- Author John Scalzi gives the STBXPOTUS a colossal take-down on his blog today: "We don’t have to wait on history, but as it happens, this is how history will remember Donald Trump: Not as a forceful, charismatic authoritarian, but as a corrupt and pathetic wretch, who spent the final days of his presidency shouting at the walls about how the world is against him."
- Alexandra Petri: "Now is not the time to point fingers, Julius Caesar. Now is the time for healing." ("I am frankly appalled when I think of all the things that have been said on both sides, like, 'Death to Caesar!' and 'Ouch!'")
- National security experts, including the former chief research psychologist for the US Secret Service, advise treating the STBXPOTUS "like he's a terrorist leader."
- It appears that Ivanka and Jared wouldn't let the people protecting them into the house to pee, forcing the US Secret Service to spend nearly $100,000 over the past few years renting an apartment close by.
- Republicans in Congress supported intrusive security for everyone else in the past, but now that it affects them personally, they don't like it. How surprising.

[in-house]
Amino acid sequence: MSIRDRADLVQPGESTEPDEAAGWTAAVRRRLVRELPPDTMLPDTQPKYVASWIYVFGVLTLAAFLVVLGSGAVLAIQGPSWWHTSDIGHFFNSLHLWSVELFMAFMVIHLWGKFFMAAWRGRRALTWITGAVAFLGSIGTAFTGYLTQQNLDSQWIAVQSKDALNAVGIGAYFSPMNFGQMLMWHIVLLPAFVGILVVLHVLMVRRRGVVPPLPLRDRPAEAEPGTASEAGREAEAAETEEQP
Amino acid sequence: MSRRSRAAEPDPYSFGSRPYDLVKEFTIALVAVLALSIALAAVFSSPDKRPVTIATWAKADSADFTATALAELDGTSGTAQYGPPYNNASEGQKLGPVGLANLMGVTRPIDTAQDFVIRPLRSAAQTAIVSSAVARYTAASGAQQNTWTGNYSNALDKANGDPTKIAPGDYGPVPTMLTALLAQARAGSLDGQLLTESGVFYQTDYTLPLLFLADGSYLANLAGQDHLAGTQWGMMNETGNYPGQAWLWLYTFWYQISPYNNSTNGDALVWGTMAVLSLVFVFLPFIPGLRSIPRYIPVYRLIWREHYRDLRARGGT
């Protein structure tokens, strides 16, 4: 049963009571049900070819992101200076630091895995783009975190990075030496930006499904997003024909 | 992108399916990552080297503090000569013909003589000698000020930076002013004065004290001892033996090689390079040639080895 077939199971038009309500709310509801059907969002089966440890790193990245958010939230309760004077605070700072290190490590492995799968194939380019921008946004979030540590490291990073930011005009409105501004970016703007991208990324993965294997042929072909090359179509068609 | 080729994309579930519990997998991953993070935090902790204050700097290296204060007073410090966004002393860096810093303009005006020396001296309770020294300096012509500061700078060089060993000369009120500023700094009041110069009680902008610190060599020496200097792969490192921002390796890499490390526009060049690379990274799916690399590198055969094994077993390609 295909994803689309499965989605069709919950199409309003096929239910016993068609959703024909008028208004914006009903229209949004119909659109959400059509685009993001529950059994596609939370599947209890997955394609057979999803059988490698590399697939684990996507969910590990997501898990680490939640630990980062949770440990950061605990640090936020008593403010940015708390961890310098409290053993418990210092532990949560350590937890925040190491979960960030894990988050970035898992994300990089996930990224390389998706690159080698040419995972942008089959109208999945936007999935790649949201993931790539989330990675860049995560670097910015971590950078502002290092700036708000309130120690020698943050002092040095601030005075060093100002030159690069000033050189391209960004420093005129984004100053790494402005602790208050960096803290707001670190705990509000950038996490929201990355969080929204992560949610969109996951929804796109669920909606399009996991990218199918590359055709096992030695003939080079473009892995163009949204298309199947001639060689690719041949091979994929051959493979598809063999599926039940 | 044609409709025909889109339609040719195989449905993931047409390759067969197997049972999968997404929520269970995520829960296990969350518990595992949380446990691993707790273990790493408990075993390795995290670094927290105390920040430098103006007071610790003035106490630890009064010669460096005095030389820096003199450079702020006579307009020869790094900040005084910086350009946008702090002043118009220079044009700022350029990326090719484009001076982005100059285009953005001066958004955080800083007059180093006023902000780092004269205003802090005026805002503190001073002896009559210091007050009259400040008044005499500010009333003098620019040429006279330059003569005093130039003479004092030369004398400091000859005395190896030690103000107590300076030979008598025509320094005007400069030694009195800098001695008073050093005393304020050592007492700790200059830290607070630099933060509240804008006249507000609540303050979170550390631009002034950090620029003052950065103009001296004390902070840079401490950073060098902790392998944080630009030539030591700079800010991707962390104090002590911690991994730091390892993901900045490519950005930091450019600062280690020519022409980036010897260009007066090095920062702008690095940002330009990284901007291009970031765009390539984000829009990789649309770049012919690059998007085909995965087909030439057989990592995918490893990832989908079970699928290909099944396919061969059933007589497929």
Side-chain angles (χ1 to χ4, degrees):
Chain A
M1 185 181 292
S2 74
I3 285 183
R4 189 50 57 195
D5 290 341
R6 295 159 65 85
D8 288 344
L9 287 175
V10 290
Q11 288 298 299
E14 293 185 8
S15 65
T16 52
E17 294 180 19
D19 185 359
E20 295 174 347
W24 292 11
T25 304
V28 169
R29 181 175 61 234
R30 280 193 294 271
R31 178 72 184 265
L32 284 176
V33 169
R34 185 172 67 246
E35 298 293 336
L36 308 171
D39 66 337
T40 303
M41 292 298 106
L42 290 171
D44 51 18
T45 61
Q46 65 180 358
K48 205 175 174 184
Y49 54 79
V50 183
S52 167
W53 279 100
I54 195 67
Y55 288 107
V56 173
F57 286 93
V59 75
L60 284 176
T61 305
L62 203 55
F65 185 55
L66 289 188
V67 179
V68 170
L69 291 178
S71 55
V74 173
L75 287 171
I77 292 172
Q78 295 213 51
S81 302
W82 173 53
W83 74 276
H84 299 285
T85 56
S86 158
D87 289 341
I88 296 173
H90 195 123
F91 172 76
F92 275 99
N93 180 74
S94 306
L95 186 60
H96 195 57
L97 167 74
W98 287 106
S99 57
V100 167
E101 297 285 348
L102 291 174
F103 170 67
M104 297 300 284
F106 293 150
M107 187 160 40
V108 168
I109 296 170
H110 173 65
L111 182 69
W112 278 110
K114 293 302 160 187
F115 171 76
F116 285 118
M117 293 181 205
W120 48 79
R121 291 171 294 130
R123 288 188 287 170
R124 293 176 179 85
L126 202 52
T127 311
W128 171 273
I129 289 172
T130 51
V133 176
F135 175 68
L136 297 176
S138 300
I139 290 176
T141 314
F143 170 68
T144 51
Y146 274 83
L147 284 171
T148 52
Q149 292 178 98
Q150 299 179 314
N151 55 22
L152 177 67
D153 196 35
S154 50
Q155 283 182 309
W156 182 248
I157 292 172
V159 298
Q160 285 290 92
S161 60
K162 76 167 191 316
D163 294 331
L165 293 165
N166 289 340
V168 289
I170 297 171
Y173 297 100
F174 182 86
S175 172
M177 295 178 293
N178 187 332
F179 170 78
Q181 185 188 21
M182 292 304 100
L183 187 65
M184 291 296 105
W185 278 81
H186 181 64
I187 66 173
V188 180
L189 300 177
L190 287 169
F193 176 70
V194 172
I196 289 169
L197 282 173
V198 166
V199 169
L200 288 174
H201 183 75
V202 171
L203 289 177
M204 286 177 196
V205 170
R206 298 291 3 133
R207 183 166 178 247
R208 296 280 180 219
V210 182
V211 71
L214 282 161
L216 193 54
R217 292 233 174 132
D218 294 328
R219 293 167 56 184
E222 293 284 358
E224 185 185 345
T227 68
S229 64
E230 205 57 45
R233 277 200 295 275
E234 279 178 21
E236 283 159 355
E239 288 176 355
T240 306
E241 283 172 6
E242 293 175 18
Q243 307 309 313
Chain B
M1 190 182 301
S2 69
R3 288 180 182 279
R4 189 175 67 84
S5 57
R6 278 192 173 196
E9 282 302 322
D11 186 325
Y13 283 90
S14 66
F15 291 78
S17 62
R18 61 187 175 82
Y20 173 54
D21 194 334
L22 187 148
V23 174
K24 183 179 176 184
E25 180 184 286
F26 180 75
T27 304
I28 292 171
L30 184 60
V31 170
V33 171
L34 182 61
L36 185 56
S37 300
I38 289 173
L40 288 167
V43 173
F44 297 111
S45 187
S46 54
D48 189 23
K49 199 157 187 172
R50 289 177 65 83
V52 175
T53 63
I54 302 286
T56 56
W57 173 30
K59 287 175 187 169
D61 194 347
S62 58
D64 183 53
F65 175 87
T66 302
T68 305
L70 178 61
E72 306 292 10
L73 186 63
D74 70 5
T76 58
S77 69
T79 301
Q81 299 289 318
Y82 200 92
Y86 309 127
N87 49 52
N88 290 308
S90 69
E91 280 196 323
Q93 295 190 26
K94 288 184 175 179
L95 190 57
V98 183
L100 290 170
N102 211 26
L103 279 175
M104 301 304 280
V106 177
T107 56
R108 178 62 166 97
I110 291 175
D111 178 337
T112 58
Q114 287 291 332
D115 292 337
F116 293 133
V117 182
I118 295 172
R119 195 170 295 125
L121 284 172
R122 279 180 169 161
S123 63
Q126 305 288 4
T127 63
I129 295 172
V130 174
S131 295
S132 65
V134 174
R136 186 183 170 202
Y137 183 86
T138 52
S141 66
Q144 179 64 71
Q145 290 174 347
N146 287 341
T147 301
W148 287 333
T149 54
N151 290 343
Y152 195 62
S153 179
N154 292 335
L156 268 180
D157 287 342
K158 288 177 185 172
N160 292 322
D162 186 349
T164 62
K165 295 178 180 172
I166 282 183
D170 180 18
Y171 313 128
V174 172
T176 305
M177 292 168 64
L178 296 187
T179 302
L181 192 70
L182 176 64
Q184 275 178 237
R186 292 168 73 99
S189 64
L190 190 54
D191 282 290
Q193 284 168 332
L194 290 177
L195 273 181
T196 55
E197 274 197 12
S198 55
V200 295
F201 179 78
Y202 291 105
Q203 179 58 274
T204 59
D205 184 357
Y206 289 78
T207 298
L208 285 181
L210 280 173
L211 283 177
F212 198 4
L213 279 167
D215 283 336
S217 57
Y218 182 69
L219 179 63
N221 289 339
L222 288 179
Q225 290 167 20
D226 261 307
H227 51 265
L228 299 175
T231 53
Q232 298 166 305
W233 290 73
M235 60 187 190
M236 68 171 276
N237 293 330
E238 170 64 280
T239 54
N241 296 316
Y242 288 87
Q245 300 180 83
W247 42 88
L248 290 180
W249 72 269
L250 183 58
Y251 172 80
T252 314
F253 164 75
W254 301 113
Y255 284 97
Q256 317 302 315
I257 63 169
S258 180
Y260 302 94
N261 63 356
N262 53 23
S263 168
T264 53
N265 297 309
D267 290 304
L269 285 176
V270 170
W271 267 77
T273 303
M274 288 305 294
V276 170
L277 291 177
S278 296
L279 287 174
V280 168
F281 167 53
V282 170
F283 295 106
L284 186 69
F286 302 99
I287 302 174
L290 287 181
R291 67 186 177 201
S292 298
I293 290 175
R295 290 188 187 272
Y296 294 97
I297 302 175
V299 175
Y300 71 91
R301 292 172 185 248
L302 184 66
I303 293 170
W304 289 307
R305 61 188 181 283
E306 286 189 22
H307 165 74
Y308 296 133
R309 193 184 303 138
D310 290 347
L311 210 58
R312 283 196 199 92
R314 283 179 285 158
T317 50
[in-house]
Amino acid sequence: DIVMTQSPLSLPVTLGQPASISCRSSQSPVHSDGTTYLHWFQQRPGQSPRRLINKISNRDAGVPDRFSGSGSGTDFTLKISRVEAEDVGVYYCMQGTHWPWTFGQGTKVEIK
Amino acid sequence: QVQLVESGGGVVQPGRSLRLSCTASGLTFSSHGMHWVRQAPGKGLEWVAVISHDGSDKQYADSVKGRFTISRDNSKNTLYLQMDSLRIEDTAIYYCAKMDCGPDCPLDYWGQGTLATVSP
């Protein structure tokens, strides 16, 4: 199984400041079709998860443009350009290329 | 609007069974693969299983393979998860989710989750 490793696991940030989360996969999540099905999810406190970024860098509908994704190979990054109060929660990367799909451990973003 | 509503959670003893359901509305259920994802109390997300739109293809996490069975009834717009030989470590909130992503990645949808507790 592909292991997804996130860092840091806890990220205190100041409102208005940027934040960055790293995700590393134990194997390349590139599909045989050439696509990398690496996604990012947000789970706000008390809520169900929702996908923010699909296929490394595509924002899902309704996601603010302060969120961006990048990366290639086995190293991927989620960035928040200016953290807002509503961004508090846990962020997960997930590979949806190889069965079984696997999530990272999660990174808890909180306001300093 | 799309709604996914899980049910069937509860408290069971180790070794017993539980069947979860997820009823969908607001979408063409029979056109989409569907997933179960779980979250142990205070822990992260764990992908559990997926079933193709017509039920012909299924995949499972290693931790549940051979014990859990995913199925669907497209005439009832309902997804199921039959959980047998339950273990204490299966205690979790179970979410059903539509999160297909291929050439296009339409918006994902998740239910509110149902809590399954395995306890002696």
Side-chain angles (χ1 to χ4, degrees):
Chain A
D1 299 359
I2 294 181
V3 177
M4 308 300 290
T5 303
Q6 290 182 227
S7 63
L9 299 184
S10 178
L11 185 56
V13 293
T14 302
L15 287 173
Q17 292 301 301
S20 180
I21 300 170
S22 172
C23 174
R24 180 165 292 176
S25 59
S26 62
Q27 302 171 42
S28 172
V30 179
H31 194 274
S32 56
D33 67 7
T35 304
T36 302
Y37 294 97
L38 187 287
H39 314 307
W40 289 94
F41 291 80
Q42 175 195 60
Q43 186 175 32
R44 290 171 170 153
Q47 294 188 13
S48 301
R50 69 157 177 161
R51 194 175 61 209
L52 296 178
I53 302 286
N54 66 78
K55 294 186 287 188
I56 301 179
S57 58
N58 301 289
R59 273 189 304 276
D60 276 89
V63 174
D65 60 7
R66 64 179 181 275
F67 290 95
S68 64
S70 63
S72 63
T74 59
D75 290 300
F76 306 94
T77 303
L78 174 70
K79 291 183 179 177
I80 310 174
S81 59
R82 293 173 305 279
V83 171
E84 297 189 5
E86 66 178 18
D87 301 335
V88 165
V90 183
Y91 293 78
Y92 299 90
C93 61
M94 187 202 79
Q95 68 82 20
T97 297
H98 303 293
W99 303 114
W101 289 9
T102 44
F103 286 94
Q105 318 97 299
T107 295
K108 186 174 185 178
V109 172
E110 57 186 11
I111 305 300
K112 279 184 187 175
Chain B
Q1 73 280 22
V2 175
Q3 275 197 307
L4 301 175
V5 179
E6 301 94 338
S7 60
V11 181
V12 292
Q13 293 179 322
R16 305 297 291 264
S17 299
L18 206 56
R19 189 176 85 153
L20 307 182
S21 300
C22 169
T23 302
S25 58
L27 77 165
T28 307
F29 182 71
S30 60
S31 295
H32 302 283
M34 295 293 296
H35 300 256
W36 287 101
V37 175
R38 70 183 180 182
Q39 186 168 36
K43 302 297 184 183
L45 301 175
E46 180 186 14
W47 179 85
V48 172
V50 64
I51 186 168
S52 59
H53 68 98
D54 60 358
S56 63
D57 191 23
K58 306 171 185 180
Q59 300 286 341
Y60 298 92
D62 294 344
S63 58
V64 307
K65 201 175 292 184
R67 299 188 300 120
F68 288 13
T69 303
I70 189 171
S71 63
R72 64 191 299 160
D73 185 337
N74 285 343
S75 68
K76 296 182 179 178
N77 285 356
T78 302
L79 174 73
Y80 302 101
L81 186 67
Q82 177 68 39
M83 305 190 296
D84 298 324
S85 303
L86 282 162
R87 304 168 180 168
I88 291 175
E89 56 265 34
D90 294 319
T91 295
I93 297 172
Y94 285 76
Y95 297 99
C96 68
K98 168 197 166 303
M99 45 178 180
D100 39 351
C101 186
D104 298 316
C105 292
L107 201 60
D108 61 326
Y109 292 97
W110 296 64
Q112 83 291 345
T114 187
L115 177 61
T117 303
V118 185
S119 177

- Since the Senate has recessed, presumably so Mitch McConnell can avoid an impeachment trial, President-Elect Biden still has no confirmed cabinet officials, forcing the incoming administration into an alternative plan after taking power next Wednesday.
- Chicago teachers locked out of the Chicago Public Schools online learning platform because they refused to return to unsafe classrooms found a poetic way of expressing their displeasure: they taught from the Board of Education President's front lawn.
- Chicago's regional heavy-rail system approved a $1.8 bn purchase of 500 slick new rail cars, which should start to arrive in 2024.
Finally, the authors of The Impostor's Guide, a free ebook aimed at self-taught programmers, has a new series of videos about general computer-science topics that people like me didn't learn programming for fun while getting our history degrees.
The Economist's Bartleby column examines how Covid-19 lockdowns have "caused both good and bad changes of routine."